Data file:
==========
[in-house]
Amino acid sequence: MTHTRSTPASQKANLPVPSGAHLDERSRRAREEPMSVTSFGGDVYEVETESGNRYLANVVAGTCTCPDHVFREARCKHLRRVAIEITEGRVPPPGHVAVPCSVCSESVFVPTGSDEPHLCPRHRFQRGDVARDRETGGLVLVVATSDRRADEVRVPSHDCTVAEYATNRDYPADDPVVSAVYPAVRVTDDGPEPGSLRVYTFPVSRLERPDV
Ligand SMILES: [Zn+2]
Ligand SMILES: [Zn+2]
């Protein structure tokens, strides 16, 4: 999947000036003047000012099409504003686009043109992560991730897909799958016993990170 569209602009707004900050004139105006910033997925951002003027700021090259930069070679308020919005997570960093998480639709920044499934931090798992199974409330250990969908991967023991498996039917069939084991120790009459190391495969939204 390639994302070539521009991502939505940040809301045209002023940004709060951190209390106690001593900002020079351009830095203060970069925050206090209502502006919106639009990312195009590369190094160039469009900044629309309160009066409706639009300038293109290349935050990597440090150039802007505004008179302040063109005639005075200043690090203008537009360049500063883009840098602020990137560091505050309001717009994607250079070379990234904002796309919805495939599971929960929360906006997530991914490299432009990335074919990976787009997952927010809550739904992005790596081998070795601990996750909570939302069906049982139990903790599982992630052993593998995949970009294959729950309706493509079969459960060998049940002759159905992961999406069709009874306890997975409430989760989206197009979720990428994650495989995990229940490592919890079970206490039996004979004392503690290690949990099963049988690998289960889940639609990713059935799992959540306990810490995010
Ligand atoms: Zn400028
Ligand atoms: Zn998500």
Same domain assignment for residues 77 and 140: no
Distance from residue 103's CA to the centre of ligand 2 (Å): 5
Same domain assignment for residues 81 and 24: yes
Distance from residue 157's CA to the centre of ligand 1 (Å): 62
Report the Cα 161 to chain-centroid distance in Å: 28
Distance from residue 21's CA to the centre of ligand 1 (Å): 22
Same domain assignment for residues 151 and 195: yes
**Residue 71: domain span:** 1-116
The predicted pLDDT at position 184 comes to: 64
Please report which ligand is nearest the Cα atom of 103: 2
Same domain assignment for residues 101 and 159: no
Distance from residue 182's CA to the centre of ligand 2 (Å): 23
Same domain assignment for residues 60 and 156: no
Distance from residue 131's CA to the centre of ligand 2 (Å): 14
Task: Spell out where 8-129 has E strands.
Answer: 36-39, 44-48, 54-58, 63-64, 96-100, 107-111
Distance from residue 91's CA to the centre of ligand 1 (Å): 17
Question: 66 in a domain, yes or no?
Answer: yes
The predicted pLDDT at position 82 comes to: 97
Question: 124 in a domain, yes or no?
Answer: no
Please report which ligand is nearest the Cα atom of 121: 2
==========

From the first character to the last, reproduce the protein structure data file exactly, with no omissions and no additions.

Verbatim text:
[in-house]
Amino acid sequence: MTHTRSTPASQKANLPVPSGAHLDERSRRAREEPMSVTSFGGDVYEVETESGNRYLANVVAGTCTCPDHVFREARCKHLRRVAIEITEGRVPPPGHVAVPCSVCSESVFVPTGSDEPHLCPRHRFQRGDVARDRETGGLVLVVATSDRRADEVRVPSHDCTVAEYATNRDYPADDPVVSAVYPAVRVTDDGPEPGSLRVYTFPVSRLERPDV
Ligand SMILES: [Zn+2]
Ligand SMILES: [Zn+2]
């Protein structure tokens, strides 16, 4: 999947000036003047000012099409504003686009043109992560991730897909799958016993990170 569209602009707004900050004139105006910033997925951002003027700021090259930069070679308020919005997570960093998480639709920044499934931090798992199974409330250990969908991967023991498996039917069939084991120790009459190391495969939204 390639994302070539521009991502939505940040809301045209002023940004709060951190209390106690001593900002020079351009830095203060970069925050206090209502502006919106639009990312195009590369190094160039469009900044629309309160009066409706639009300038293109290349935050990597440090150039802007505004008179302040063109005639005075200043690090203008537009360049500063883009840098602020990137560091505050309001717009994607250079070379990234904002796309919805495939599971929960929360906006997530991914490299432009990335074919990976787009997952927010809550739904992005790596081998070795601990996750909570939302069906049982139990903790599982992630052993593998995949970009294959729950309706493509079969459960060998049940002759159905992961999406069709009874306890997975409430989760989206197009979720990428994650495989995990229940490592919890079970206490039996004979004392503690290690949990099963049988690998289960889940639609990713059935799992959540306990810490995010
Ligand atoms: Zn400028
Ligand atoms: Zn998500």
Same domain assignment for residues 77 and 140: no
Distance from residue 103's CA to the centre of ligand 2 (Å): 5
Same domain assignment for residues 81 and 24: yes
Distance from residue 157's CA to the centre of ligand 1 (Å): 62
Report the Cα 161 to chain-centroid distance in Å: 28
Distance from residue 21's CA to the centre of ligand 1 (Å): 22
Same domain assignment for residues 151 and 195: yes
**Residue 71: domain span:** 1-116
The predicted pLDDT at position 184 comes to: 64
Please report which ligand is nearest the Cα atom of 103: 2
Same domain assignment for residues 101 and 159: no
Distance from residue 182's CA to the centre of ligand 2 (Å): 23
Same domain assignment for residues 60 and 156: no
Distance from residue 131's CA to the centre of ligand 2 (Å): 14
Task: Spell out where 8-129 has E strands.
Answer: 36-39, 44-48, 54-58, 63-64, 96-100, 107-111
Distance from residue 91's CA to the centre of ligand 1 (Å): 17
Question: 66 in a domain, yes or no?
Answer: yes
The predicted pLDDT at position 82 comes to: 97
Question: 124 in a domain, yes or no?
Answer: no
Please report which ligand is nearest the Cα atom of 121: 2